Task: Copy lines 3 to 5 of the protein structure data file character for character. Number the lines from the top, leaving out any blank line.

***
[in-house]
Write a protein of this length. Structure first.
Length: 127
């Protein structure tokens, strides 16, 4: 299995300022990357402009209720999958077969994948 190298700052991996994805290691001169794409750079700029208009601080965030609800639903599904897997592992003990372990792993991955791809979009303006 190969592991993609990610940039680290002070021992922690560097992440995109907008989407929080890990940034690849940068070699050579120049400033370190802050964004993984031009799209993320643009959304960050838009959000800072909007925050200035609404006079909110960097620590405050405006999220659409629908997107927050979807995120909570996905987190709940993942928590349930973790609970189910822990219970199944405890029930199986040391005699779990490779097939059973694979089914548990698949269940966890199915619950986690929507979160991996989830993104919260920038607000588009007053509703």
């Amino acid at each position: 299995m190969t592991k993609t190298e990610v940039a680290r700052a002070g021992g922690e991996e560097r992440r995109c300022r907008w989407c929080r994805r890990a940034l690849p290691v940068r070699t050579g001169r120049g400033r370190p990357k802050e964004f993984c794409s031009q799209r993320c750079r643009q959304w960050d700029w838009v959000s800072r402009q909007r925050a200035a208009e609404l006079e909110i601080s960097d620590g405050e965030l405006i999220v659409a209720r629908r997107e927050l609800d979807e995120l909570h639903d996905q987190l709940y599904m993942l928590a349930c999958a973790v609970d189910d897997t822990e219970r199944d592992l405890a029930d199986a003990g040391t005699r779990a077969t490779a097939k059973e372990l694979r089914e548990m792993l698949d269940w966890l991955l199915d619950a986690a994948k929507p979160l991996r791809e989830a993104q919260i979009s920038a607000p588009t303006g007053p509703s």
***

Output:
Length: 127
């Protein structure tokens, strides 16, 4: 299995300022990357402009209720999958077969994948 190298700052991996994805290691001169794409750079700029208009601080965030609800639903599904897997592992003990372990792993991955791809979009303006 190969592991993609990610940039680290002070021992922690560097992440995109907008989407929080890990940034690849940068070699050579120049400033370190802050964004993984031009799209993320643009959304960050838009959000800072909007925050200035609404006079909110960097620590405050405006999220659409629908997107927050979807995120909570996905987190709940993942928590349930973790609970189910822990219970199944405890029930199986040391005699779990490779097939059973694979089914548990698949269940966890199915619950986690929507979160991996989830993104919260920038607000588009007053509703």
């Amino acid at each position: 299995m190969t592991k993609t190298e990610v940039a680290r700052a002070g021992g922690e991996e560097r992440r995109c300022r907008w989407c929080r994805r890990a940034l690849p290691v940068r070699t050579g001169r120049g400033r370190p990357k802050e964004f993984c794409s031009q799209r993320c750079r643009q959304w960050d700029w838009v959000s800072r402009q909007r925050a200035a208009e609404l006079e909110i601080s960097d620590g405050e965030l405006i999220v659409a209720r629908r997107e927050l609800d979807e995120l909570h639903d996905q987190l709940y599904m993942l928590a349930c999958a973790v609970d189910d897997t822990e219970r199944d592992l405890a029930d199986a003990g040391t005699r779990a077969t490779a097939k059973e372990l694979r089914e548990m792993l698949d269940w966890l991955l199915d619950a986690a994948k929507p979160l991996r791809e989830a993104q919260i979009s920038a607000p588009t303006g007053p509703s």